While the savings rate is going up, the value of savings has gone down. Could the financial crisis present sustainable changes to American’s savings habits? That and other issues of retirement security were addressed at a panel presented yesterday by AXA Equitable in New York City.
401(k) Still OK
During the recent market turmoil, there has been no real safe haven for investors—most asset classes and money managers were affected, said Peter Brady, senior economist at the Investment Company Institute. “It wasn’t really a year that asset allocation would’ve solved the problem for you,’ he added.
However, despite the market downturn, participants stuck with their 401(k) plans, for the most part; ICI has found withdrawal rates and loans remained in line with history, he said. The question is therefore not whether the 401(k) as a vehicle is working, but whether the savings of Americans is working, Brady said.
Dallas Salisbury, president and CEO of the Employee Benefit Research Institute (EBRI), said that 401(k)s have met the objective public policy has given them: to provide voluntary savings. Providing coverage to everyone, for instance, was not an objective. “We shouldn’t judge 401(k)s and IRAs against something that they weren’t designed to do,’ he said.
Salisbury said the 401(k) enables investors to save more and invest conservatively or save less and take on the risk. He said it is possible to choose to save early and time retirement correctly without equity risk or regulation, and was “not embarrassed’ to say that he has invested in a defined contribution plan for 30 years without putting money into equities, and yet putting away 20% to 22% of his income.
While Salisbury said that he does not believe the government or employers should tell people what to do with their money, he mentioned that individuals shouldn’t invest in equities they can’t afford to lose—for instance, by investing high in equities right before retirement.
For those who did lose a lot of money in the equity markets, he said EBRI research found they could regain those savings in one to two years, assuming 5% returns, if they keep up their same contributions. If they do not continue contributions, it’s a different picture. Working longer also makes a huge difference with Social Security benefits. “What we do or don’t do makes all the difference in the world,’ he said.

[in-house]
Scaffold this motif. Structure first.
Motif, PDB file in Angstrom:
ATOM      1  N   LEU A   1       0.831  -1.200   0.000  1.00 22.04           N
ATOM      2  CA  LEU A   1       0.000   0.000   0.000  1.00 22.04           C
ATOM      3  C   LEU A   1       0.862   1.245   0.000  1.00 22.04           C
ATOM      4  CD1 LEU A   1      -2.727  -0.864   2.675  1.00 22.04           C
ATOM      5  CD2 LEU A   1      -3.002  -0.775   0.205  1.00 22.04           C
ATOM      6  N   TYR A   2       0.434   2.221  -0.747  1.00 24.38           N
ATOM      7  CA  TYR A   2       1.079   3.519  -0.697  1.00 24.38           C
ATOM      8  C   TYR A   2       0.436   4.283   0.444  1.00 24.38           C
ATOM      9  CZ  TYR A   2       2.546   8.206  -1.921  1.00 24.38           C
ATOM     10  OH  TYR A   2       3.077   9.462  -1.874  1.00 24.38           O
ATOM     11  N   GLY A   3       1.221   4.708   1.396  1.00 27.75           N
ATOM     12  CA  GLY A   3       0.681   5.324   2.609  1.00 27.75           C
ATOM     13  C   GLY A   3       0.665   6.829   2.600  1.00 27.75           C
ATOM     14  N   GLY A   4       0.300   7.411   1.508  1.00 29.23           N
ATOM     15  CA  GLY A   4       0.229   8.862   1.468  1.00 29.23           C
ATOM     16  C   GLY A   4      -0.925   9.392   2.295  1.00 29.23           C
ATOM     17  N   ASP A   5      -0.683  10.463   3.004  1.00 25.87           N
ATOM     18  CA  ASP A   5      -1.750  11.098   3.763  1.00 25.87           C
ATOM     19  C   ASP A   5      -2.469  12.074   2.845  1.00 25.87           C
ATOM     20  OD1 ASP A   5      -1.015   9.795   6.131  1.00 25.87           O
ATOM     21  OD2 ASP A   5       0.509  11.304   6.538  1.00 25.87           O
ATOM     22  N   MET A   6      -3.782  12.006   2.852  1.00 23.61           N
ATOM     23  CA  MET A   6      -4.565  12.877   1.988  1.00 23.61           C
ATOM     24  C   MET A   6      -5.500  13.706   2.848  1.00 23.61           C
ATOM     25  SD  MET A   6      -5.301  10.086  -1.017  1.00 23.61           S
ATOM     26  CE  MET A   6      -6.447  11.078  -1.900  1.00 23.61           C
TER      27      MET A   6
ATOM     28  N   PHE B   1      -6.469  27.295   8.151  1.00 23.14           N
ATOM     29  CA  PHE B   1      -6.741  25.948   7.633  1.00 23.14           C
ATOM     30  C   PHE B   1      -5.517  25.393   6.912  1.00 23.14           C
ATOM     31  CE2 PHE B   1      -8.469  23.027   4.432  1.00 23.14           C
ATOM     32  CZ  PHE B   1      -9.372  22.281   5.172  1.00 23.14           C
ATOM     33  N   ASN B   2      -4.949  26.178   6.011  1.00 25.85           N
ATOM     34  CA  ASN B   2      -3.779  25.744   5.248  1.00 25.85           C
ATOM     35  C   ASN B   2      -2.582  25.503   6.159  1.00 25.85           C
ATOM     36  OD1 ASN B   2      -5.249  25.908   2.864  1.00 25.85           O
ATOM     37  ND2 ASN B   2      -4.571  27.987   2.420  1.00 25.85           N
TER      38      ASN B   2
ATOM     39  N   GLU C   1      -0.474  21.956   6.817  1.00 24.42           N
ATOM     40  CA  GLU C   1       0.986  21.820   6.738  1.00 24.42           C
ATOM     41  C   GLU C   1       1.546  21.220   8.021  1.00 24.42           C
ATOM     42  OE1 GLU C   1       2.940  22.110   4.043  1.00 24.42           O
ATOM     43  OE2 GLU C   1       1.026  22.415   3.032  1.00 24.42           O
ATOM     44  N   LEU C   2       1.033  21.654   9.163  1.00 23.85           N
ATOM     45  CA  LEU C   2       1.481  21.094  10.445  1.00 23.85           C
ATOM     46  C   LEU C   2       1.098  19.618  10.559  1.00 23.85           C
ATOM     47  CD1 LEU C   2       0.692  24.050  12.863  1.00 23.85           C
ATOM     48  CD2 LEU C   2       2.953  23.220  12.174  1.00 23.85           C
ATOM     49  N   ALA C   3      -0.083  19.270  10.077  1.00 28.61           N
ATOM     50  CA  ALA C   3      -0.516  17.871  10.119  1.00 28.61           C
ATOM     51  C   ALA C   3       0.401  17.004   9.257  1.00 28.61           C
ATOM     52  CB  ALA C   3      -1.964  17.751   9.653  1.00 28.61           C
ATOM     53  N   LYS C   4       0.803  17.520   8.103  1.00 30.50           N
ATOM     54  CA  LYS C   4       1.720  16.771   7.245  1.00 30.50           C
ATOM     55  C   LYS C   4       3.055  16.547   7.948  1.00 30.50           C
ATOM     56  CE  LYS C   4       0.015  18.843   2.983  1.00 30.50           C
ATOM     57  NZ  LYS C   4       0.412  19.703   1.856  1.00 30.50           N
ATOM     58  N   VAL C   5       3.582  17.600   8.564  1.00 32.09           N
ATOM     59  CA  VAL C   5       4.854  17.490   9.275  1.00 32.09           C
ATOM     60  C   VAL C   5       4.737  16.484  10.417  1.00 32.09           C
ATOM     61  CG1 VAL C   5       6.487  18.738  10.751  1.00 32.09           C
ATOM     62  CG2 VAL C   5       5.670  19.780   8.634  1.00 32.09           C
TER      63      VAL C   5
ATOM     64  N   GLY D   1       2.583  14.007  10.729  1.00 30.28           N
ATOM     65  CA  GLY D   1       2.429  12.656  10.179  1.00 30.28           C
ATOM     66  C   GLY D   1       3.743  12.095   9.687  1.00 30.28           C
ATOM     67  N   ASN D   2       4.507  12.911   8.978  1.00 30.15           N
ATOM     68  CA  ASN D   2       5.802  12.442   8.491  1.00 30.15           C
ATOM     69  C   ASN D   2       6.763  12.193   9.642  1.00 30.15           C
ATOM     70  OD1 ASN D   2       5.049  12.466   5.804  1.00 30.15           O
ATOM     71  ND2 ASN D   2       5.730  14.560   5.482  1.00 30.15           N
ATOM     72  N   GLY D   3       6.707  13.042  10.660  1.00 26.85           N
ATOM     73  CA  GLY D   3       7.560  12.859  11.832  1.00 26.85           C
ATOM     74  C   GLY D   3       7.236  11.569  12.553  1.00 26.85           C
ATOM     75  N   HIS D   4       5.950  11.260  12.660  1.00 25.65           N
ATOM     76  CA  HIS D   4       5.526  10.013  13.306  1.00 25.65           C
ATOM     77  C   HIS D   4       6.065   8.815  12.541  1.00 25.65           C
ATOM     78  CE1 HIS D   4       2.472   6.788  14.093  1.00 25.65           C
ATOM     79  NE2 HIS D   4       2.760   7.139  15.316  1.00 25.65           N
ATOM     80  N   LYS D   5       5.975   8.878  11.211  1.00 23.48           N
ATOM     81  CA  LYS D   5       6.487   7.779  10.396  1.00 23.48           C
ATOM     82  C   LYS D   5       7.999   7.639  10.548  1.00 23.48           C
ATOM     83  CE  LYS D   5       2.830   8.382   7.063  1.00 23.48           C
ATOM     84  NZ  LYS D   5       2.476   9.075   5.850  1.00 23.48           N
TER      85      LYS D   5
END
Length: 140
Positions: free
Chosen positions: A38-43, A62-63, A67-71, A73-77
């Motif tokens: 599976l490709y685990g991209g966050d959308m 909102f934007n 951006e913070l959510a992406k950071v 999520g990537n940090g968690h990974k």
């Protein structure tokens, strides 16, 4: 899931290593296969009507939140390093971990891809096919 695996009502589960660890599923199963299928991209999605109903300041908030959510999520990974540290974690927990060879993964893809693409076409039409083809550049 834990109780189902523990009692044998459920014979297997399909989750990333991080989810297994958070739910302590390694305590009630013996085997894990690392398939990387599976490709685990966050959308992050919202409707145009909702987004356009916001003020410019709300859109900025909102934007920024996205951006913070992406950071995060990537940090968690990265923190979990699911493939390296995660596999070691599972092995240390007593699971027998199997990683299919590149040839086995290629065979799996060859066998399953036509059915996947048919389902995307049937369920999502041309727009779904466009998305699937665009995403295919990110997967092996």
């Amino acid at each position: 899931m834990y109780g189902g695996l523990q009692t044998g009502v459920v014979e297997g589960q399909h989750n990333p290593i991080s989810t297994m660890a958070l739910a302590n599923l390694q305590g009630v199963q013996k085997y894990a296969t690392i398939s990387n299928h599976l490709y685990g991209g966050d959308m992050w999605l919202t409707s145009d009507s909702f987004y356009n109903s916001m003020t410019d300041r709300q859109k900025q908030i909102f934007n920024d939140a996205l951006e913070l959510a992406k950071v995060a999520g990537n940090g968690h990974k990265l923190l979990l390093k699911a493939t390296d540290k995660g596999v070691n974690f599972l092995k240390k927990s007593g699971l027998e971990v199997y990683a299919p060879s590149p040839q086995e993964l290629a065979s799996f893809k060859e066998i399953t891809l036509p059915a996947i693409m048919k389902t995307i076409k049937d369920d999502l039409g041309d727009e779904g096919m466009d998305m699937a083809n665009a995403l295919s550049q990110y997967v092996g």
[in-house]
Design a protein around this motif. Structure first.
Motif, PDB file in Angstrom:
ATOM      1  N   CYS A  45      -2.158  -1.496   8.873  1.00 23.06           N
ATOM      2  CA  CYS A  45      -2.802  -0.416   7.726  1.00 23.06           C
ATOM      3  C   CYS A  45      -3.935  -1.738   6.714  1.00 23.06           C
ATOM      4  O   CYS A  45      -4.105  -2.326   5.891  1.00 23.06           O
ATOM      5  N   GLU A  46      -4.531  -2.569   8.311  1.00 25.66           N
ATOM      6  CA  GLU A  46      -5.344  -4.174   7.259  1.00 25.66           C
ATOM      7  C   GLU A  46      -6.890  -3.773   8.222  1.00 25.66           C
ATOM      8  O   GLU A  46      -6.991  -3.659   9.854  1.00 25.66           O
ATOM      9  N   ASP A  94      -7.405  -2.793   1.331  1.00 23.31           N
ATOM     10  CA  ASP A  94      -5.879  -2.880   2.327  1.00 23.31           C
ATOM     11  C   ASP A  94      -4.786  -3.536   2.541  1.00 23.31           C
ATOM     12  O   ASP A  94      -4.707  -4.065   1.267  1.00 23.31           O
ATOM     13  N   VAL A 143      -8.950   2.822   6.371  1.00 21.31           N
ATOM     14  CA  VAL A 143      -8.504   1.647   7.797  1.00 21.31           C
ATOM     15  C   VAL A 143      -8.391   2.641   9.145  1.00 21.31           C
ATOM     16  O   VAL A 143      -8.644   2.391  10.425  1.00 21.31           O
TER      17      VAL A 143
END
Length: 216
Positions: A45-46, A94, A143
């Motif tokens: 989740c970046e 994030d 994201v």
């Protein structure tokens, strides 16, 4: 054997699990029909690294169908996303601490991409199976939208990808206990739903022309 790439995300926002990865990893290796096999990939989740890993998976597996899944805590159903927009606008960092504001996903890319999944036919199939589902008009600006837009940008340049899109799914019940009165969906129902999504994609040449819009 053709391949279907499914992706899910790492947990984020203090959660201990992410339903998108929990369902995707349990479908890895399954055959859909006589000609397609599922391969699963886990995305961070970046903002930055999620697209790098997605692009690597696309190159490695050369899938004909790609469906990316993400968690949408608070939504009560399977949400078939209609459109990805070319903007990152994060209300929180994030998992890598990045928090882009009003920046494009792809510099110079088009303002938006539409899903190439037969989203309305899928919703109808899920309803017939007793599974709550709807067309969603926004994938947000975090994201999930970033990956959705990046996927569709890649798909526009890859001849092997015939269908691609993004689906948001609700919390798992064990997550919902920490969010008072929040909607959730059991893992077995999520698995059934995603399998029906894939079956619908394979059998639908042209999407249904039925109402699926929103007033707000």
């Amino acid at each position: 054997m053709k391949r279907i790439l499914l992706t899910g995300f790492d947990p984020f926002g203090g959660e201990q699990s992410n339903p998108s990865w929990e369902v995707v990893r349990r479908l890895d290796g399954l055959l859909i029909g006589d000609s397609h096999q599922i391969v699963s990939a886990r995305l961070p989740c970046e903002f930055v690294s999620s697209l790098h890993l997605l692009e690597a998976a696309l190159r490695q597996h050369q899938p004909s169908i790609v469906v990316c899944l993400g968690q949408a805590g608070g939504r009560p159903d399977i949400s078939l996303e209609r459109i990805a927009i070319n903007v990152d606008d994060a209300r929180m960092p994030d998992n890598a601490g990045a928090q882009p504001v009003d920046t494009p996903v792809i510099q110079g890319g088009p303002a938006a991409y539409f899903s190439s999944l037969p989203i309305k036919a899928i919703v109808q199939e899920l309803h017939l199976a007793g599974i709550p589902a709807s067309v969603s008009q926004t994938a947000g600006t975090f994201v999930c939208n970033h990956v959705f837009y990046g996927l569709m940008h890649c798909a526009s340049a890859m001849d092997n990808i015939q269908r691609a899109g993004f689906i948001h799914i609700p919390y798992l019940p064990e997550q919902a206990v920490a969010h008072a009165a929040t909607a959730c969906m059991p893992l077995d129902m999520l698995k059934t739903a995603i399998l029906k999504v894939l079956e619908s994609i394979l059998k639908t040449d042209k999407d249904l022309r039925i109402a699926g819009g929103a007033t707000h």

The problem is bigger than retirement, said Pamela Perun, policy director of the Initiative on Financial Security, The Aspen Institute. She noted that 20% of Americans are “unbanked’ or don’t save at all—not even owning a savings or checking account. She said the employer system plays a valuable role in closing the savings gap, and recent developments such as auto-enrollment into default funds has helped increase participation within retirement plans—but not every American has access to such a plan.
Brady said the approximately 50% of employers who don’t offer workplace retirement plans are not random—meaning, it is predictable that certain demographics of plans, such as lower income jobs, will not provide a retirement plan offering to employees.
The Aspen Institute proposes several changes to the savings system that would provide more coverage using a “lifespan approach.’ For instance, the institute recommends young adults start saving for a new home. In addition to proposals for voluntary savings programs, it also recommends that the government provide more financial incentives to save and a simplification of the system, Perun said.
Going through this kind of financial meltdown is the perfect opportunity for reform, Perun said. “We think it’s the best time in almost a century to get to work.’
The savings rate is on the rise—but before there is too much celebration, panelists noted that a higher savings rate means Americans are losing wealth. Brady told attendees that the savings rate is not made to be a measure of how prepared Americans are for retirement.
Eric Chaney, chief economist at AXA Group, explained that as America’s net wealth increased, its savings rate decreased. It is not always intuitive for non-economists; basically, when people get wealthier, they become worth more and do not feel the need to save more. Now that net worth has dropped with the stock market and housing prices, we see a rise in the personal savings rate as people spend less to regain their capital, Chaney said. He predicted the savings rate could get as high as 8% or 10% in future years.
Chaney said that there has been a large imbalance between countries that save (e.g. Japan) and countries that don’t (e.g. the United States). “This crisis is likely to reduce considerably the imbalances of the world,’ he said. The savings rate is going up, but “the question is, is it going to be something permanent?’
Salisbury suggested there could be changes to the savings rate in the long-term. EBRI’s recent survey found that Americans showed motivations to save more, for instance using their credit card less (see “Retirement Confidence Plummets in EBRI Survey’). Perhaps there is even some optimism in the crisis, he said: About half of Americans do not even know what they need for retirement, so maybe now they will care. “The American that has not paid attention…will say “I need to pay attention,’’ he said.